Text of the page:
Museveni Tells Pastors to Avoid Politics

An opinion piece in the Kampala Monitor accuses Ugandan President Yoweri Museveni of hypocrisy:

About one and a half years ago, a leader of a sprawling Pentecostal Church in a valley between Makerere University and Mulago hospital, boasted that President Yoweri Museveni in part owed his triumph in the 2006 election to his “holy” waters.

Pastor Samuel Kakande said the President had visited the Synagogue Church of all Nations during the campaigns where he was blessed to attain victory.

Around 2003/4 leaders of Pentecostal churches also reportedly offered to mobilise some four million voters of their faithful to support the President’s bid for a third term.

Museveni has also enjoyed the support of prominent American neo-Pentecostals; as I’ve blogged, he has recceived endorsements from Morris Cerullo and Benny Hinn, and there are links with Creflo Dollar (that nasty business in 2006 in which an American evangelist named Peter Waldron was locked up on terrorism charges and then released seems to have been forgotten).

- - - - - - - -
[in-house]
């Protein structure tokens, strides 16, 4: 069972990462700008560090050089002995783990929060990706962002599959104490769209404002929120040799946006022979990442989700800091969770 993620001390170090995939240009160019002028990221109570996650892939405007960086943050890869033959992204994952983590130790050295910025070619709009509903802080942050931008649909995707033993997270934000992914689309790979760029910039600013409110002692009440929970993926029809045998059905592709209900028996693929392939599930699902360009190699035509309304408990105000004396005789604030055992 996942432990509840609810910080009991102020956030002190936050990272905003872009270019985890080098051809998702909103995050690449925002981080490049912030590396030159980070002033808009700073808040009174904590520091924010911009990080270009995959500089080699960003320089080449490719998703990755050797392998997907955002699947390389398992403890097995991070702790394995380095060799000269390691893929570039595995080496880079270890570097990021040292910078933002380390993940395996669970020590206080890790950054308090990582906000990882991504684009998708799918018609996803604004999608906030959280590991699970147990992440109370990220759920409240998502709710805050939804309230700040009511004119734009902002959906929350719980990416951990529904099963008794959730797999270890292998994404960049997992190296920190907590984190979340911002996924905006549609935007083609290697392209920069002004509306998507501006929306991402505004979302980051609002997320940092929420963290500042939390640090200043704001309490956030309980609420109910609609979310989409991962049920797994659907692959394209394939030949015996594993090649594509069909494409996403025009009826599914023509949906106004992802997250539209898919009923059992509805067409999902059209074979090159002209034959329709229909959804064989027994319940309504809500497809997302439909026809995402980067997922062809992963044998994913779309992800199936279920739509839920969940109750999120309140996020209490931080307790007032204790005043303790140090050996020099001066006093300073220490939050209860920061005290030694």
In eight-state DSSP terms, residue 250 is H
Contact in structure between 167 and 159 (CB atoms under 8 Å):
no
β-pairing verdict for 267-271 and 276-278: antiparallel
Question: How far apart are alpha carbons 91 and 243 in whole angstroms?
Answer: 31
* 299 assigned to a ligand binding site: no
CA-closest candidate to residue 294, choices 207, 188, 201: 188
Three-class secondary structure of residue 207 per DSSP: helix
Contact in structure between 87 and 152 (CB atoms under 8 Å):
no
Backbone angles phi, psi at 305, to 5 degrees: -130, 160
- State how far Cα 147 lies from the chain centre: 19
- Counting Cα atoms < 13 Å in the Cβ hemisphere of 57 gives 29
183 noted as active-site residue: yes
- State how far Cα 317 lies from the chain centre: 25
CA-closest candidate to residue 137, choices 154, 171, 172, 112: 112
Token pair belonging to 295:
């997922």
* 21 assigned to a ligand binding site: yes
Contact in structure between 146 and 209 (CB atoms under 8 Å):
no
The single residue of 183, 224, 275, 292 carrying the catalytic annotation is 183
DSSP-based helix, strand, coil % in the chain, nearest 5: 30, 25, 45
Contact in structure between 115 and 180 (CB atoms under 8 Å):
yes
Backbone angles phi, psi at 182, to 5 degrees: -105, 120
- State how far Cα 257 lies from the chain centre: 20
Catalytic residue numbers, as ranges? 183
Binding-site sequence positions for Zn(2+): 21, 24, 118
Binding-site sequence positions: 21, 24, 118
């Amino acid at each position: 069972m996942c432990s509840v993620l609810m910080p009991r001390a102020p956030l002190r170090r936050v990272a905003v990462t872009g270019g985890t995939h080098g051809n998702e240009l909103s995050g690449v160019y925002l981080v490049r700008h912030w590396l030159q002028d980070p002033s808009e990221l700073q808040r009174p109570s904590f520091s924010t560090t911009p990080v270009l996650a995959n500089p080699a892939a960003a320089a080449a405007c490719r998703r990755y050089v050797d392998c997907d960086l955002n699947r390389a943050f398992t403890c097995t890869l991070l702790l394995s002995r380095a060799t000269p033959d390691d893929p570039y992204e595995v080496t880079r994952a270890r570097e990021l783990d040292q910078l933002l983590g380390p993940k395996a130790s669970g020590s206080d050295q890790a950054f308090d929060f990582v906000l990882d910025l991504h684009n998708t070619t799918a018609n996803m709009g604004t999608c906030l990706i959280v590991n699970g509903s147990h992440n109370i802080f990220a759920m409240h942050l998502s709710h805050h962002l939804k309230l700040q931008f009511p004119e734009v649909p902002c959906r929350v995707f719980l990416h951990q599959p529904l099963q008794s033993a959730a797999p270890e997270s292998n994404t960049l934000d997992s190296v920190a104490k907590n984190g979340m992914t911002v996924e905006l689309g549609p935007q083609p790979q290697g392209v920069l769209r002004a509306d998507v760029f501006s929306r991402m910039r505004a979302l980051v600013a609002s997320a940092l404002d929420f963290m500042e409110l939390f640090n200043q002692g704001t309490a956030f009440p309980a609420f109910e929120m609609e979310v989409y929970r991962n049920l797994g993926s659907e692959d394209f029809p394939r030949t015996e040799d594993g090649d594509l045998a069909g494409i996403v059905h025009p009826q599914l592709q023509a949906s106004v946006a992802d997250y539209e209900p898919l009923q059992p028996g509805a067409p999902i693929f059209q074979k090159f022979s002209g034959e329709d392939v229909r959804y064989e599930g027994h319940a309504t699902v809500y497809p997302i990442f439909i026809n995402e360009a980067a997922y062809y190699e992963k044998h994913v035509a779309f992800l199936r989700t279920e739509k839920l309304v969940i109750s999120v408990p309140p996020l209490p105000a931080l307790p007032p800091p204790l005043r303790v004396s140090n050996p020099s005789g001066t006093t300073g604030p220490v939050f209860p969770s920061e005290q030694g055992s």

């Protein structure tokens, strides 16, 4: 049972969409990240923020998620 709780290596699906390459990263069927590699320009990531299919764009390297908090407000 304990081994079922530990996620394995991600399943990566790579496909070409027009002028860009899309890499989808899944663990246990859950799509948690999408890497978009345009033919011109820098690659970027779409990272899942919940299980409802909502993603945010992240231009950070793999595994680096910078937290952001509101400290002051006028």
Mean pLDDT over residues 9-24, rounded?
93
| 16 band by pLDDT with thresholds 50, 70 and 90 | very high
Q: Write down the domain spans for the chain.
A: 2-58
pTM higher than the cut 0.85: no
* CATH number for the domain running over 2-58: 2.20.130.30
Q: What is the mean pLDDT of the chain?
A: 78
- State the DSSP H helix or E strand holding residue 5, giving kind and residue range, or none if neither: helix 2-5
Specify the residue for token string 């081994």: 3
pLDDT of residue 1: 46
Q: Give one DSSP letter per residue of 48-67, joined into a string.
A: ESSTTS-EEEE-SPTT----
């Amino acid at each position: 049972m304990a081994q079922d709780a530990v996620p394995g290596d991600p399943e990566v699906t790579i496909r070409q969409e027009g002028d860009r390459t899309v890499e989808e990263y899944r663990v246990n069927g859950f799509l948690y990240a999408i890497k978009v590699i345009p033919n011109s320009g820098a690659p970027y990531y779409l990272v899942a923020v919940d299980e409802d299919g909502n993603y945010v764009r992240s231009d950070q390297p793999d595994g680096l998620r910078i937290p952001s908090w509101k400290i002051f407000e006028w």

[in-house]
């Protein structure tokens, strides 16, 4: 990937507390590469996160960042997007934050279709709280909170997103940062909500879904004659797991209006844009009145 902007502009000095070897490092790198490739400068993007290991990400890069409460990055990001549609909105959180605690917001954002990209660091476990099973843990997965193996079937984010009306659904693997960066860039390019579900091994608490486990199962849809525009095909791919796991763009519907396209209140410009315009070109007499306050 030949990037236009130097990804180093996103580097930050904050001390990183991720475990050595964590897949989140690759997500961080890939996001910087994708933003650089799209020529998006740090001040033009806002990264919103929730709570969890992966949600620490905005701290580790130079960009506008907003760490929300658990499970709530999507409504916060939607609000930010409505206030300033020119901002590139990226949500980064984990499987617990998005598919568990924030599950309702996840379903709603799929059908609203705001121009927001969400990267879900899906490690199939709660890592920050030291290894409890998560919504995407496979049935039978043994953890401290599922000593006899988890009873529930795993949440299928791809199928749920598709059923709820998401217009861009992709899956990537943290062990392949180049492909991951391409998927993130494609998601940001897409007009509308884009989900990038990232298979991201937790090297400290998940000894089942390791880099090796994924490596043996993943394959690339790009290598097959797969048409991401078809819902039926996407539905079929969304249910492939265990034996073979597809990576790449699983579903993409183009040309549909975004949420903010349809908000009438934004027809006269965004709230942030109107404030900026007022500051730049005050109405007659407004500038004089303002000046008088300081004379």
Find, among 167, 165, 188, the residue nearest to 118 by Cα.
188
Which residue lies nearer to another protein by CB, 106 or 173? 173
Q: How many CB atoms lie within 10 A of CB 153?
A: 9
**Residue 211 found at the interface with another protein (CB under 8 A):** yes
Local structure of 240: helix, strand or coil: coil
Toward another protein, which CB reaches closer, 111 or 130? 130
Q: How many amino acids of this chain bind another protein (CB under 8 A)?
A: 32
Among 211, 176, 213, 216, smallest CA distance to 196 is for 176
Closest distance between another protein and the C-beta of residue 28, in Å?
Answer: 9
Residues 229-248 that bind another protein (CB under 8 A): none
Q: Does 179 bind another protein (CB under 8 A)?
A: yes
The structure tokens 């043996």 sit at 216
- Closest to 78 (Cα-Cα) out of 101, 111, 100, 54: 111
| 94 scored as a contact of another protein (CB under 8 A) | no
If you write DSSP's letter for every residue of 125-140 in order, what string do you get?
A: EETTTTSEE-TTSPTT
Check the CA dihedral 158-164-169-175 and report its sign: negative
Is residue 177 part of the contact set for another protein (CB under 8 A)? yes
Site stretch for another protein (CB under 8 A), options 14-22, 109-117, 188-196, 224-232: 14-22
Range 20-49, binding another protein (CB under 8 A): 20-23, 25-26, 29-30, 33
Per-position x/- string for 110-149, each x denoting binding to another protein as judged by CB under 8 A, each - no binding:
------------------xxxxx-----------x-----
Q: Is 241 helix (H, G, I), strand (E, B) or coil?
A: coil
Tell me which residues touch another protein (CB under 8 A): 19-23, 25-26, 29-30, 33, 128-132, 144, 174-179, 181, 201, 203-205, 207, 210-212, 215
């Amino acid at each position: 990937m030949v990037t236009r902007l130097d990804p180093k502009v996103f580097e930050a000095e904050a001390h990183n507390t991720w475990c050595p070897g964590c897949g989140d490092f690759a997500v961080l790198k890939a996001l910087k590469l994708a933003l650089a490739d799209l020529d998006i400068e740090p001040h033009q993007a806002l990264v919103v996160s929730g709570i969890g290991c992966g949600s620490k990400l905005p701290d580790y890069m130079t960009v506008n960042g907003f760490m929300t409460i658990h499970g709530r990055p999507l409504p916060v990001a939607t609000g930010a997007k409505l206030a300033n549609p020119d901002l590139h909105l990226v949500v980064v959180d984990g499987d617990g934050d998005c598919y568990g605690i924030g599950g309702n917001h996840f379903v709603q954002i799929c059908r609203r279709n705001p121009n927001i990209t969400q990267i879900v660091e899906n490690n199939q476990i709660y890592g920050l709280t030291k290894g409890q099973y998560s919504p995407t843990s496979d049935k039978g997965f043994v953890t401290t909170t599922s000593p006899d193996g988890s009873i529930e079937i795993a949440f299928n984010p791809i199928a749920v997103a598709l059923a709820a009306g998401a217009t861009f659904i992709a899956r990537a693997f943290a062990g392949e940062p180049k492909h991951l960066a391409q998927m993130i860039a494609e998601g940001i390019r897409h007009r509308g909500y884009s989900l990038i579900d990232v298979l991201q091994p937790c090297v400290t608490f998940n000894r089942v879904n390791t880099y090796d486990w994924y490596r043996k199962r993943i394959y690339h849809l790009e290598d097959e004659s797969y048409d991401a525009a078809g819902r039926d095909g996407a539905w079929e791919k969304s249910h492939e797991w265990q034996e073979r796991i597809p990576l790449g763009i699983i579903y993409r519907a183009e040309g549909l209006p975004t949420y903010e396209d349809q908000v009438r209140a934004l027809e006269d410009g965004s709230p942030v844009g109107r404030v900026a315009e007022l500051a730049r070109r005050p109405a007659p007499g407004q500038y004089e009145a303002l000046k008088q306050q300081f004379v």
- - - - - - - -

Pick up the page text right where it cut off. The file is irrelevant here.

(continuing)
However, Museveni is now planning a land reform bill, and a number of pastors have criticised it. Suddenly, Museveni wants religious leaders to concentrate on the spiritual side of things and avoid meddling in politics. The New Vision reported:

PRESIDENT Yoweri Museveni has lashed out at religious and traditional leaders who engage in politicking over land.

“I hear some religious and traditional leaders commenting on everything. The issue of land comes, the priest is the one to talk first. Why don’t you wait for your time? Should I also start baptizing?” Museveni asked.

He advised the clergy to first understand the issues before commenting on them.

Museveni defended his rebuke a few days ago:

“There are many ways of removing a government. We have tamed the army and introduced democracy. But somebody can use inciting statements to create instability”, he said.

If religious leaders had complaints, they should forward them to him privately, the way the late Cardinal Nsubuga used to do, he advised.

But if they have anything positive to say about the president, presumably they should shout it from the pulpits…

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